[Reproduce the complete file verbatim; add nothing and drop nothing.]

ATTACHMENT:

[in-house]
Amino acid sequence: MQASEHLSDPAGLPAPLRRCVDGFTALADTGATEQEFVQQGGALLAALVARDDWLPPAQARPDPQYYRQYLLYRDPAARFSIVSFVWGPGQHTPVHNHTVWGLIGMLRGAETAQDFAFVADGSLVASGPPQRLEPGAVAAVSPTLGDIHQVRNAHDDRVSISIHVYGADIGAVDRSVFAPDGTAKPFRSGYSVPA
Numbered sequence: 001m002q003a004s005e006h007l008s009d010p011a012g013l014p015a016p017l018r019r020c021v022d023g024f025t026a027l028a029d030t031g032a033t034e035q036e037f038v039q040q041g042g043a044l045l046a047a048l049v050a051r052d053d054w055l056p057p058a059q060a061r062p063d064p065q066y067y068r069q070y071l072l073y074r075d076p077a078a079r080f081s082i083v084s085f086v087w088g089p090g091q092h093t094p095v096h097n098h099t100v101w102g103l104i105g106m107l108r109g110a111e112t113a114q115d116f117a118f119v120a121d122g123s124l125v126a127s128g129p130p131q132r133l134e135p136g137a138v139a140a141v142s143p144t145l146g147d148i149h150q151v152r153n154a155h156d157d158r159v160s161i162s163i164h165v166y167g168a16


[in-house]
Amino acid sequence: MQASEHLSDPAGLPAPLRRCVDGFTALADTGATEQEFVQQGGALLAALVARDDWLPPAQARPDPQYYRQYLLYRDPAARFSIVSFVWGPGQHTPVHNHTVWGLIGMLRGAETAQDFAFVADGSLVASGPPQRLEPGAVAAVSPTLGDIHQVRNAHDDRVSISIHVYGADIGAVDRSVFAPDGTAKPFRSGYSVPA
Numbered sequence: 001m002q003a004s005e006h007l008s009d010p011a012g013l014p015a016p017l018r019r020c021v022d023g024f025t026a027l028a029d030t031g032a033t034e035q036e037f038v039q040q041g042g043a044l045l046a047a048l049v050a051r052d053d054w055l056p057p058a059q060a061r062p063d064p065q066y067y068r069q070y071l072l073y074r075d076p077a078a079r080f081s082i083v084s085f086v087w088g089p090g091q092h093t094p095v096h097n098h099t100v101w102g103l104i105g106m107l108r109g110a111e112t113a114q115d116f117a118f119v120a121d122g123s124l125v126a127s128g129p130p131q132r133l134e135p136g137a138v139a140a141v142s143p144t145l146g147d148i149h150q151v152r153n154a155h156d157d158r159v160s161i162s163i164h165v166y167g168a16